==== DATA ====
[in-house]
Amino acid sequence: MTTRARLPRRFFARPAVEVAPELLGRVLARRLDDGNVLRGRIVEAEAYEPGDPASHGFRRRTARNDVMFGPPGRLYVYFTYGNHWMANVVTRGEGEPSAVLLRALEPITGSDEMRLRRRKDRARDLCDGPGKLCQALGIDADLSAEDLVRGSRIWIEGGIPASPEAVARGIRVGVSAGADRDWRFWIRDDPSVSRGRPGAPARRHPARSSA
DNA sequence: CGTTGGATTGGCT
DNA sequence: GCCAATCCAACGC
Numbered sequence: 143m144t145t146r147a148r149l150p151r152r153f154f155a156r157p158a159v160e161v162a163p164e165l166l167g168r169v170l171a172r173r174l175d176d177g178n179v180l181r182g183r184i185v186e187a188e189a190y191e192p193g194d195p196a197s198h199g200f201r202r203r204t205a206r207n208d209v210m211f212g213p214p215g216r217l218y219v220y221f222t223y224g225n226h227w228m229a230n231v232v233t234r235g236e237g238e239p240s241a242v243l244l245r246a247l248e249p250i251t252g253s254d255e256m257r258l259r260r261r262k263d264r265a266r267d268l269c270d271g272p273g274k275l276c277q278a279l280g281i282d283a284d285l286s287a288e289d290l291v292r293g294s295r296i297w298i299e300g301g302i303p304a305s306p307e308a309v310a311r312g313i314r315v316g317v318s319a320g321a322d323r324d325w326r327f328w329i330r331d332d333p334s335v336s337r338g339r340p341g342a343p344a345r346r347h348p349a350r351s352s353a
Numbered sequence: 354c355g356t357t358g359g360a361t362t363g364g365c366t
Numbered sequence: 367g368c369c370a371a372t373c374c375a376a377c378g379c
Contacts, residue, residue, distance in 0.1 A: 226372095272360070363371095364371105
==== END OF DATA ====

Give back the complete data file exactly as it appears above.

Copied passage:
[in-house]
Amino acid sequence: MTTRARLPRRFFARPAVEVAPELLGRVLARRLDDGNVLRGRIVEAEAYEPGDPASHGFRRRTARNDVMFGPPGRLYVYFTYGNHWMANVVTRGEGEPSAVLLRALEPITGSDEMRLRRRKDRARDLCDGPGKLCQALGIDADLSAEDLVRGSRIWIEGGIPASPEAVARGIRVGVSAGADRDWRFWIRDDPSVSRGRPGAPARRHPARSSA
DNA sequence: CGTTGGATTGGCT
DNA sequence: GCCAATCCAACGC
Numbered sequence: 143m144t145t146r147a148r149l150p151r152r153f154f155a156r157p158a159v160e161v162a163p164e165l166l167g168r169v170l171a172r173r174l175d176d177g178n179v180l181r182g183r184i185v186e187a188e189a190y191e192p193g194d195p196a197s198h199g200f201r202r203r204t205a206r207n208d209v210m211f212g213p214p215g216r217l218y219v220y221f222t223y224g225n226h227w228m229a230n231v232v233t234r235g236e237g238e239p240s241a242v243l244l245r246a247l248e249p250i251t252g253s254d255e256m257r258l259r260r261r262k263d264r265a266r267d268l269c270d271g272p273g274k275l276c277q278a279l280g281i282d283a284d285l286s287a288e289d290l291v292r293g294s295r296i297w298i299e300g301g302i303p304a305s306p307e308a309v310a311r312g313i314r315v316g317v318s319a320g321a322d323r324d325w326r327f328w329i330r331d332d333p334s335v336s337r338g339r340p341g342a343p344a345r346r347h348p349a350r351s352s353a
Numbered sequence: 354c355g356t357t358g359g360a361t362t363g364g365c366t
Numbered sequence: 367g368c369c370a371a372t373c374c375a376a377c378g379c
Contacts, residue, residue, distance in 0.1 A: 226372095272360070363371095364371105